Free Newsletters - Space - Defense - Environment - Energy - Solar - Nuclear
..
. Earth Science News .




EARLY EARTH
Molecules Assemble in Water, Hint at Origins of Life
by Staff Writers
Atlanta CA (SPX) Feb 22, 2013


Nicholas Hud in lab.

The base pairs that hold together two pieces of RNA, the older cousin of DNA, are some of the most important molecular interactions in living cells. Many scientists believe that these base pairs were part of life from the very beginning and that RNA was one of the first polymers of life.

But there is a problem. The RNA bases don't form base pairs in water unless they are connected to a polymer backbone, a trait that has baffled origin-of-life scientists for decades.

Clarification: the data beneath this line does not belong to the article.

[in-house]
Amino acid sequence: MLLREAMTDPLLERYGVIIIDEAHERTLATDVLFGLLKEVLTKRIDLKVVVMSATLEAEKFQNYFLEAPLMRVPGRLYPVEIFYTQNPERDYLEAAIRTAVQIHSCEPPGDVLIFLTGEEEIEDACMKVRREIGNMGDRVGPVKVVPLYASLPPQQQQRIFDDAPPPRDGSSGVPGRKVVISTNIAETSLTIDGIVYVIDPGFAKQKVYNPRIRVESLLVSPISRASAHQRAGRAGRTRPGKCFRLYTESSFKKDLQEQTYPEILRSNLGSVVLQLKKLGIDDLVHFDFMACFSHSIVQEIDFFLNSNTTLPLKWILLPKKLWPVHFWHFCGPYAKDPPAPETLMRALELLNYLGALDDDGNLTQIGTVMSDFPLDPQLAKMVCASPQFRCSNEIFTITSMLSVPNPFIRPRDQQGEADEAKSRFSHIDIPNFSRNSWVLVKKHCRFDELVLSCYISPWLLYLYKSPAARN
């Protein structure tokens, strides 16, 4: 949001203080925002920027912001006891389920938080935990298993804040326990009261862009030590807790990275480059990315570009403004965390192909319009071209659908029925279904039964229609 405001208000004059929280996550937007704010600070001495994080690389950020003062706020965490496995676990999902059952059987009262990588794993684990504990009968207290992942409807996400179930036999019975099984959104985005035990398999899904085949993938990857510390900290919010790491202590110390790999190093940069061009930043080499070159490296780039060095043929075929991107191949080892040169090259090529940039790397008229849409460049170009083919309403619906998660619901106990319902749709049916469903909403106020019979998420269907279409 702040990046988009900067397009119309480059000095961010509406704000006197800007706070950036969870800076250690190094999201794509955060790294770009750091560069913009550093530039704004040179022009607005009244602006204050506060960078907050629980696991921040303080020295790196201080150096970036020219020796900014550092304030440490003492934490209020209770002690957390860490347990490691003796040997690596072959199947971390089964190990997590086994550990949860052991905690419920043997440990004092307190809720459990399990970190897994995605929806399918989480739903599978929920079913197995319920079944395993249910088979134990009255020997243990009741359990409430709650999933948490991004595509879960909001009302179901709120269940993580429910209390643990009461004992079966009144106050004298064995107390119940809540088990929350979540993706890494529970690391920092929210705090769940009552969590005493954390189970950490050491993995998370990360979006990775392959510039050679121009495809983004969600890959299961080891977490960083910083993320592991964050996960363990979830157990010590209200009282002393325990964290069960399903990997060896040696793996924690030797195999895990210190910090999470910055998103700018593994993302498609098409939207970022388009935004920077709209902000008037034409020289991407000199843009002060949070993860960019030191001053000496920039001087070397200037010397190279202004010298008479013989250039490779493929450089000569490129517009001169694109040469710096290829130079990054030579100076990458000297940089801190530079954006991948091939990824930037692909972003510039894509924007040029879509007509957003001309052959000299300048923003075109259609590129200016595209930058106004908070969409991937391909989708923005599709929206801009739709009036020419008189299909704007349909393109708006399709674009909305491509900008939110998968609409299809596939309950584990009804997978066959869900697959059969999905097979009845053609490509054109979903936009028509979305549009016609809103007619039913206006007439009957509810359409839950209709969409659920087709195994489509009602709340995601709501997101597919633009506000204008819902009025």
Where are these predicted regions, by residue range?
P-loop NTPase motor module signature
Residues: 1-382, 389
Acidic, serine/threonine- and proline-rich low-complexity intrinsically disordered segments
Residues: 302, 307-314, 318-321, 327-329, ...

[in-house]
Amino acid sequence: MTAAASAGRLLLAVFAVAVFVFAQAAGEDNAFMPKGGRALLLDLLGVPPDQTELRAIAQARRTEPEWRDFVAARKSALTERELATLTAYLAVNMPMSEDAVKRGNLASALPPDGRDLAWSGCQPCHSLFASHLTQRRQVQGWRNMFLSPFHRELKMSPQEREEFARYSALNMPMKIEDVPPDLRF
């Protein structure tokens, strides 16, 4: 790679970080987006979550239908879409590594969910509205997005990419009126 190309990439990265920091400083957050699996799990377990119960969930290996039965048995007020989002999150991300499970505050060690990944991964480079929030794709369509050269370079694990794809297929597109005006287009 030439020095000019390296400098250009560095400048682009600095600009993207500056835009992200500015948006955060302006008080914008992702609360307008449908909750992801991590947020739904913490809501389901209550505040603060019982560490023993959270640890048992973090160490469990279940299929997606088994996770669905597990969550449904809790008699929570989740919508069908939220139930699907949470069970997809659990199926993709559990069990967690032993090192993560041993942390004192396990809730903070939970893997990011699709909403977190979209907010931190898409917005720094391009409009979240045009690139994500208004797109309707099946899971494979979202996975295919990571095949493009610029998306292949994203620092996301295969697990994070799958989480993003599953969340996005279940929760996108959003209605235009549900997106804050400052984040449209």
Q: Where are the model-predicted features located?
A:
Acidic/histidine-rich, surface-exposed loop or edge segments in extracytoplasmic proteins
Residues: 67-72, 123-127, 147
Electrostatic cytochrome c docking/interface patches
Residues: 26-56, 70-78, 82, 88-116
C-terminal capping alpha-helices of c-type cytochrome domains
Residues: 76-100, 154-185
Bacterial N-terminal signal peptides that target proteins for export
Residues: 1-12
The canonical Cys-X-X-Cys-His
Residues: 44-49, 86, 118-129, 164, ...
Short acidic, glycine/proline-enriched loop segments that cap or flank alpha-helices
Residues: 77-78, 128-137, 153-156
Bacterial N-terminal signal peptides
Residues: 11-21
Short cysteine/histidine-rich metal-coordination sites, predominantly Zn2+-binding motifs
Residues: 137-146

If the bases don't pair before they are part of polymers, how would the bases have been selected out from the many molecules in the "prebiotic soup" so that RNA polymers could be formed?

Researchers at the Georgia Institute of Technology are exploring an alternate theory for the origin of RNA: they think the RNA bases may have evolved from a pair of molecules distinct from the bases we have today.

This theory looks increasingly attractive, as the Georgia Tech group was able to achieve efficient, highly ordered self-assembly in water with small molecules that are similar to the bases of RNA. These "proto-RNA bases" spontaneously assemble into gene-length linear stacks, suggesting that the genes of life could have gotten started from these or similar molecules. The research is published online in the Journal of the American Chemical Society.